What does it mean when the Kinneret drops to the red line/black line?
Lake Kinneret is 13 miles long and 8 miles wide. It makes up 30% of Israel’s total water supply. The Water Authority marks three threshold lines on Lake Kinneret: the upper red line, the lower red line, and the black line. The lower red line is about 209 meters below sea level. The upper red line is 213 meters below sea level. The black line is 215 meters below sea level. When the lower red line is reached, pumping water from the lake is prohibited. If water is drawn when the black line is reached, permanent damage will be caused to the Kinneret.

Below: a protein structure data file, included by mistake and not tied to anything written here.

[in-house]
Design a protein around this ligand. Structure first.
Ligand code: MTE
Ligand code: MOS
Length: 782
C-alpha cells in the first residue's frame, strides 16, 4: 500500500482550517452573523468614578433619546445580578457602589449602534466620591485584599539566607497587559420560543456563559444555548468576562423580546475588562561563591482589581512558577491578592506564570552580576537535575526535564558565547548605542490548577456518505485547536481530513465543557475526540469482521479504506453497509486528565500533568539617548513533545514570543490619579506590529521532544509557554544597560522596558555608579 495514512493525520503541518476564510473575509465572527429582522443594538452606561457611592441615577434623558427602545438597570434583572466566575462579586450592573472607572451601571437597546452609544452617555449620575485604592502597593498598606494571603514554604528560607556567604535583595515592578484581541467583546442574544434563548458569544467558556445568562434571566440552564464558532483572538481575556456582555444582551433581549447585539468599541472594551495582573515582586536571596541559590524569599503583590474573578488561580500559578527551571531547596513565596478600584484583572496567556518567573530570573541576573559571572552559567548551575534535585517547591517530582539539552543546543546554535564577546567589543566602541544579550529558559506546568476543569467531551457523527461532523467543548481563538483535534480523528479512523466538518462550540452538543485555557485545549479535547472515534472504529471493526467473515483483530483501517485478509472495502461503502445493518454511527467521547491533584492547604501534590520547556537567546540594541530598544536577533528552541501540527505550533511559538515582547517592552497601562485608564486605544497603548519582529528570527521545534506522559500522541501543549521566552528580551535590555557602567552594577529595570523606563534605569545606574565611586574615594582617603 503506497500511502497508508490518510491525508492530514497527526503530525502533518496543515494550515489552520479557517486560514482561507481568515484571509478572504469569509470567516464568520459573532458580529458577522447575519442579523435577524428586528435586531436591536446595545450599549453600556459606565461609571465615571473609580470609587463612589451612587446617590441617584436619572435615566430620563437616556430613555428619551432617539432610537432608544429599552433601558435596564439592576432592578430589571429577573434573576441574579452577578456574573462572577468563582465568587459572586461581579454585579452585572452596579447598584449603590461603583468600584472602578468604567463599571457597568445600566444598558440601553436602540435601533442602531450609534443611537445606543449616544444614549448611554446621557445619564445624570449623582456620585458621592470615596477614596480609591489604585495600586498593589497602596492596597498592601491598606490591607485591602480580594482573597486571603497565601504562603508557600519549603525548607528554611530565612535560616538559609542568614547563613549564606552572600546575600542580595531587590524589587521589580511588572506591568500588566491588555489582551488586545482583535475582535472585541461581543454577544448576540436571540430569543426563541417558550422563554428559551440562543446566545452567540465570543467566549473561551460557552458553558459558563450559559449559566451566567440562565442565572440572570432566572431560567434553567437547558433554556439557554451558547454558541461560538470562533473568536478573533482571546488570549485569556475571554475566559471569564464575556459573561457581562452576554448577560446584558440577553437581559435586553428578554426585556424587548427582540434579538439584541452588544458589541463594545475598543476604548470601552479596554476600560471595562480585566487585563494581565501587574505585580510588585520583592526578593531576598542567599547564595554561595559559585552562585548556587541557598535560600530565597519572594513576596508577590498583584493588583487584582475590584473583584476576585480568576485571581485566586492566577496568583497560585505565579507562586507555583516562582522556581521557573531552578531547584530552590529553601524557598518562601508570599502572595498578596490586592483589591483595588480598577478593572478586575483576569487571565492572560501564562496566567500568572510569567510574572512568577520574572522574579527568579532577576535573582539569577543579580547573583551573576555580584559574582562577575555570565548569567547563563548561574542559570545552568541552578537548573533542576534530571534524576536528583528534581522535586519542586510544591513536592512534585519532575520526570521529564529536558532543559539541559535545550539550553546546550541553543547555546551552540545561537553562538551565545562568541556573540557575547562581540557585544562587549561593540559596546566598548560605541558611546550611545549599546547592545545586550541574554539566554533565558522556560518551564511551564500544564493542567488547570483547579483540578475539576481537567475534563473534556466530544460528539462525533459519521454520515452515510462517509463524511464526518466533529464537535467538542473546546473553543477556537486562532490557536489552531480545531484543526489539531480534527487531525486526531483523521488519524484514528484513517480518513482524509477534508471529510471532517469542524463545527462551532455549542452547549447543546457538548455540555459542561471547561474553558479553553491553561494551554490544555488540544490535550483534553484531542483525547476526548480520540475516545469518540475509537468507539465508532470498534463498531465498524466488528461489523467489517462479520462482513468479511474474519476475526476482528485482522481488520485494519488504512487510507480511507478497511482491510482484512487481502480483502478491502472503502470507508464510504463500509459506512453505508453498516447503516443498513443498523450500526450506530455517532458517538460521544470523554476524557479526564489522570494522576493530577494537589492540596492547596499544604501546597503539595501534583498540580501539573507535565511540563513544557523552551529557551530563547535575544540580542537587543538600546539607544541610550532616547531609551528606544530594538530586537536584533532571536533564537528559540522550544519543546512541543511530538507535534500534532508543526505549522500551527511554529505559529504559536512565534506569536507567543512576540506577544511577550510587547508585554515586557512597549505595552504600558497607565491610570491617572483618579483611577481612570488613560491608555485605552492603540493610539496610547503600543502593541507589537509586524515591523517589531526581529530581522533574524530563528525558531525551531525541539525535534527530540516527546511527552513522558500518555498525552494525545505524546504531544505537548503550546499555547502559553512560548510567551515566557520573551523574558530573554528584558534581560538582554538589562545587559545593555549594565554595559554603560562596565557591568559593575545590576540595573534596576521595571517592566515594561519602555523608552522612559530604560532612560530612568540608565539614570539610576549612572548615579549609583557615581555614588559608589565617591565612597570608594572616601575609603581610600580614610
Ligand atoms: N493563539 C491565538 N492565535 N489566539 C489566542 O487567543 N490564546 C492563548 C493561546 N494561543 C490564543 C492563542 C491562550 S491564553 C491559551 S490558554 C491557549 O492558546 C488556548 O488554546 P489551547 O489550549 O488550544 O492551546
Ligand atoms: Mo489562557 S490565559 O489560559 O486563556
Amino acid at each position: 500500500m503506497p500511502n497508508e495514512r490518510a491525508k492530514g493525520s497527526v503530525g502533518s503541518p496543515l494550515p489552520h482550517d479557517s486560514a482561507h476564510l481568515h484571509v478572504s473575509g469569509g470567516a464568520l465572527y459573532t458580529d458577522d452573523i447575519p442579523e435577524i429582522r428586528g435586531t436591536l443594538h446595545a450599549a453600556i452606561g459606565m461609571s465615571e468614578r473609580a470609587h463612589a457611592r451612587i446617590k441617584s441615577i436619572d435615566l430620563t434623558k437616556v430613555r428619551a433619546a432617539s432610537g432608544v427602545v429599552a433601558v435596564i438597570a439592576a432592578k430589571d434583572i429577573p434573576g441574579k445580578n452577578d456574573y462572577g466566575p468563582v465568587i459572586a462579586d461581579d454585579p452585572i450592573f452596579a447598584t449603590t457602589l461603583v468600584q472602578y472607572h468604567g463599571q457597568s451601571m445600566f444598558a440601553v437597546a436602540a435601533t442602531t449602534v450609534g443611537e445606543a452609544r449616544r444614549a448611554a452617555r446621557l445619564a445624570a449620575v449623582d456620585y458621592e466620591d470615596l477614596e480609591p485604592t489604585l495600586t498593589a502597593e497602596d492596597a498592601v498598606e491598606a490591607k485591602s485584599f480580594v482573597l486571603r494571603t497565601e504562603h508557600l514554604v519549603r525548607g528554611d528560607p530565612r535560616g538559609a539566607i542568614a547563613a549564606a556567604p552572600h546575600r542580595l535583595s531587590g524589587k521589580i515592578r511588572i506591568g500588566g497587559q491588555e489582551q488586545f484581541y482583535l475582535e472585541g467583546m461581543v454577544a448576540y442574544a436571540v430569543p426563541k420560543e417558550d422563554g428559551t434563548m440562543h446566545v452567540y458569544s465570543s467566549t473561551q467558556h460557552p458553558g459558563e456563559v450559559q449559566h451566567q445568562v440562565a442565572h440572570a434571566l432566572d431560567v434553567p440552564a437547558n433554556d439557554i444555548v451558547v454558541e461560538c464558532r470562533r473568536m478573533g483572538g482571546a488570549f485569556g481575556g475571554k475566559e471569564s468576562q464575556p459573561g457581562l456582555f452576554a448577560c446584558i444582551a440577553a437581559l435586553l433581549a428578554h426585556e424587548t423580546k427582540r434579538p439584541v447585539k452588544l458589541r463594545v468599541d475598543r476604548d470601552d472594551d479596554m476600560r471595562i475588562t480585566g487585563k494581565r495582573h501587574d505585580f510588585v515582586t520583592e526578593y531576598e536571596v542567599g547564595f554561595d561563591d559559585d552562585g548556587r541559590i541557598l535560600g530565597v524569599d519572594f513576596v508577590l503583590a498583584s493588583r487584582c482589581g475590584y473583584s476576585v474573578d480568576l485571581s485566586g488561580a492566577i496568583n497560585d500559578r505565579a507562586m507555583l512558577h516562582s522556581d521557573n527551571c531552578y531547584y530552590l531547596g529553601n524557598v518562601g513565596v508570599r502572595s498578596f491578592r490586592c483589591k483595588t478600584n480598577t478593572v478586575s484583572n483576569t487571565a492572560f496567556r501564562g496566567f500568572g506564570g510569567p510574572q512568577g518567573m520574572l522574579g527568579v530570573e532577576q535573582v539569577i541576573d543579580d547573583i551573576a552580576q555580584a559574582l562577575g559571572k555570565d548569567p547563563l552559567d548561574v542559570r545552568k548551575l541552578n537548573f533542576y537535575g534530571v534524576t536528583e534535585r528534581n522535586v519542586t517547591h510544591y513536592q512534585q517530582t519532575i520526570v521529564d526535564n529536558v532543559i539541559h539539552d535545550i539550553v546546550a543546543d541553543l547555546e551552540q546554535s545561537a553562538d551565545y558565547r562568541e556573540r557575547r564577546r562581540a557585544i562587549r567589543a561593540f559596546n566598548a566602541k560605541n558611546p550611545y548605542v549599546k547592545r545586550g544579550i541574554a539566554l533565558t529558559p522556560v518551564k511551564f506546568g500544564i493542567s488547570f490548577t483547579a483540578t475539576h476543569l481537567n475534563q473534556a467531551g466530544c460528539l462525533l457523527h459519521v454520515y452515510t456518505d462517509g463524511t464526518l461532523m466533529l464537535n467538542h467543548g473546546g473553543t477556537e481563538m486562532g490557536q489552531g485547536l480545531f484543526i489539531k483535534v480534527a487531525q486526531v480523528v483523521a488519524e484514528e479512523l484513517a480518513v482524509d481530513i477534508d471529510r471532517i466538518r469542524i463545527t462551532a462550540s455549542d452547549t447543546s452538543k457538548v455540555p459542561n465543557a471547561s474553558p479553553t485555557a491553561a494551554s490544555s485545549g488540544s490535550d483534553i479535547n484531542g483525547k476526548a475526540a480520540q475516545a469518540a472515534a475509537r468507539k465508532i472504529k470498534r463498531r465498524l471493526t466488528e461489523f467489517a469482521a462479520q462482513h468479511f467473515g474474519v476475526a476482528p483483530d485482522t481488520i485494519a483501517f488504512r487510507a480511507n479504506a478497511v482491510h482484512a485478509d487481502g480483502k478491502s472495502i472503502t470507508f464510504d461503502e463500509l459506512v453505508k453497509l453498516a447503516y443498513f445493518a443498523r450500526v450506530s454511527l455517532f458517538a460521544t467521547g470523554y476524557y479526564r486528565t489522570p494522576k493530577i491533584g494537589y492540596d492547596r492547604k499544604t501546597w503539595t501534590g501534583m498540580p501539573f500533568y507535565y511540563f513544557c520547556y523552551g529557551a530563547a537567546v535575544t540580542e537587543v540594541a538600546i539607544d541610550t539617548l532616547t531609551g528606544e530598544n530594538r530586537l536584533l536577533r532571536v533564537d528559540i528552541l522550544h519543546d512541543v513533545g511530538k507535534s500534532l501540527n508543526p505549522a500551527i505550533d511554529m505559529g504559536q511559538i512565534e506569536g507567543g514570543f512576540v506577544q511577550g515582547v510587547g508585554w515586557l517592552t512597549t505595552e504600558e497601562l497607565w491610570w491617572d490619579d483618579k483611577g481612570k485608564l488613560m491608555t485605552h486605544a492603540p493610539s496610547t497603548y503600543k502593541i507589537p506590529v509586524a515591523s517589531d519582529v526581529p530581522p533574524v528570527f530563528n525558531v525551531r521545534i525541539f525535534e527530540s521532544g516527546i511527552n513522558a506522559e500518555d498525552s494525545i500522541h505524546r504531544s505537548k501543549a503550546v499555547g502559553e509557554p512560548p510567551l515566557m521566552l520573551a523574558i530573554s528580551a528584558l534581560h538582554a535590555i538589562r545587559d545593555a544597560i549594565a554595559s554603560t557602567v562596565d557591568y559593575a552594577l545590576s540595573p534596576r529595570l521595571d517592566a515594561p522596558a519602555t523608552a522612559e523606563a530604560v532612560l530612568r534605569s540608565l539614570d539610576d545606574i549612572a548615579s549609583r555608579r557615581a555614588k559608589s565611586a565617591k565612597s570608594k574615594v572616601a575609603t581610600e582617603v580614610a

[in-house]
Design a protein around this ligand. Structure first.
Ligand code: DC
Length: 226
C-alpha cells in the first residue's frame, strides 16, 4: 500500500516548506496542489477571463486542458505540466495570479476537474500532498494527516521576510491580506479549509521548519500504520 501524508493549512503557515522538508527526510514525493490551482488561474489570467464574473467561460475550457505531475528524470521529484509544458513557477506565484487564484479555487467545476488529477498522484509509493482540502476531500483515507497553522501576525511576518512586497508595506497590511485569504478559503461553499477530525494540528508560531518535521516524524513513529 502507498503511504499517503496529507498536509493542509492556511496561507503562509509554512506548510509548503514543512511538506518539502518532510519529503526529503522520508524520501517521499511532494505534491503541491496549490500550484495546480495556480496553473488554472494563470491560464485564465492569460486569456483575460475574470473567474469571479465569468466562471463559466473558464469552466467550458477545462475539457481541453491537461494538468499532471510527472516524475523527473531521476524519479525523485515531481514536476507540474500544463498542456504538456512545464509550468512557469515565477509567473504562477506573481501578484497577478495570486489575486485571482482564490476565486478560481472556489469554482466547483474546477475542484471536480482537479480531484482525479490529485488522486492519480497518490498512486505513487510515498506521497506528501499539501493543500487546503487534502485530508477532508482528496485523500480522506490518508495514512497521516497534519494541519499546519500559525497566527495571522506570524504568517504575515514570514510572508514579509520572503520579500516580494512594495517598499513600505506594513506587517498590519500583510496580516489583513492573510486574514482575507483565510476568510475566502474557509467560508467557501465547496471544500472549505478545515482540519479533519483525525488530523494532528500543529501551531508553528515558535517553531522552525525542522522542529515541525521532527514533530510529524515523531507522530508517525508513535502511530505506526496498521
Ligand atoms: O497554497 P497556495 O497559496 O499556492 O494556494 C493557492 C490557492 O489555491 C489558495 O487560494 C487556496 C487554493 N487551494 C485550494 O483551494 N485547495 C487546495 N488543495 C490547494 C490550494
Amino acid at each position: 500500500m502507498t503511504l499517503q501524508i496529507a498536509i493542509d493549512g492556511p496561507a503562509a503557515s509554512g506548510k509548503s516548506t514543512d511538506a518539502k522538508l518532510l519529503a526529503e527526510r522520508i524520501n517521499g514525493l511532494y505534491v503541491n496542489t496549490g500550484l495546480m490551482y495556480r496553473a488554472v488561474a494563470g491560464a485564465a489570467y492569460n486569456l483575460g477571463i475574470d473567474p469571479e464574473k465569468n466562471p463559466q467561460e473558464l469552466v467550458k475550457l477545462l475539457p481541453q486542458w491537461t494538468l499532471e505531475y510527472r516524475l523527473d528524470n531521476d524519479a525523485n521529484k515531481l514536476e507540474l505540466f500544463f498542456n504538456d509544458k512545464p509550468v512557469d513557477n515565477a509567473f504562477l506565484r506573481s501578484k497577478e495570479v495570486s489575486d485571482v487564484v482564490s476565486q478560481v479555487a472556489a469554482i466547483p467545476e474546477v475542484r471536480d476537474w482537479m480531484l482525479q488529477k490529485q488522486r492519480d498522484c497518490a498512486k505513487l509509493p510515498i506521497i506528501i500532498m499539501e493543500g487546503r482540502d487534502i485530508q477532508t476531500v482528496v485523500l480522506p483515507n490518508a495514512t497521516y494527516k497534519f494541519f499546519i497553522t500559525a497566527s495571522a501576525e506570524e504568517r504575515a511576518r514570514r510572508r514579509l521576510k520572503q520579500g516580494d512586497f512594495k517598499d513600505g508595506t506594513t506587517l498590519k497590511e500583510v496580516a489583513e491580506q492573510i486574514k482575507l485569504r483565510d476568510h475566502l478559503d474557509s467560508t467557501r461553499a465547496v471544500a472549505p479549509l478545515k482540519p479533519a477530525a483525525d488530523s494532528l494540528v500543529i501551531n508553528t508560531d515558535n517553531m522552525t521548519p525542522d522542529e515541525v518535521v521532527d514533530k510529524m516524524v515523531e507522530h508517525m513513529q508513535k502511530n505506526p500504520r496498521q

The average Israeli person consumes 160 liters (approximately 42 gallons) of water per day – 35% flushing the toilet, 35% bathing, 20% drinking, cooking, and dish washing, 5% laundry and cleaning, and 5% gardening.
Every minute in the shower equals about 13 liters (approx. 3.5 gallons). The most obvious way to conserve water is to reduce consumption where is counts. For example, by flushing the toilet less (“if it’s yellow, let it mellow”) and bathing for shorter amounts of time.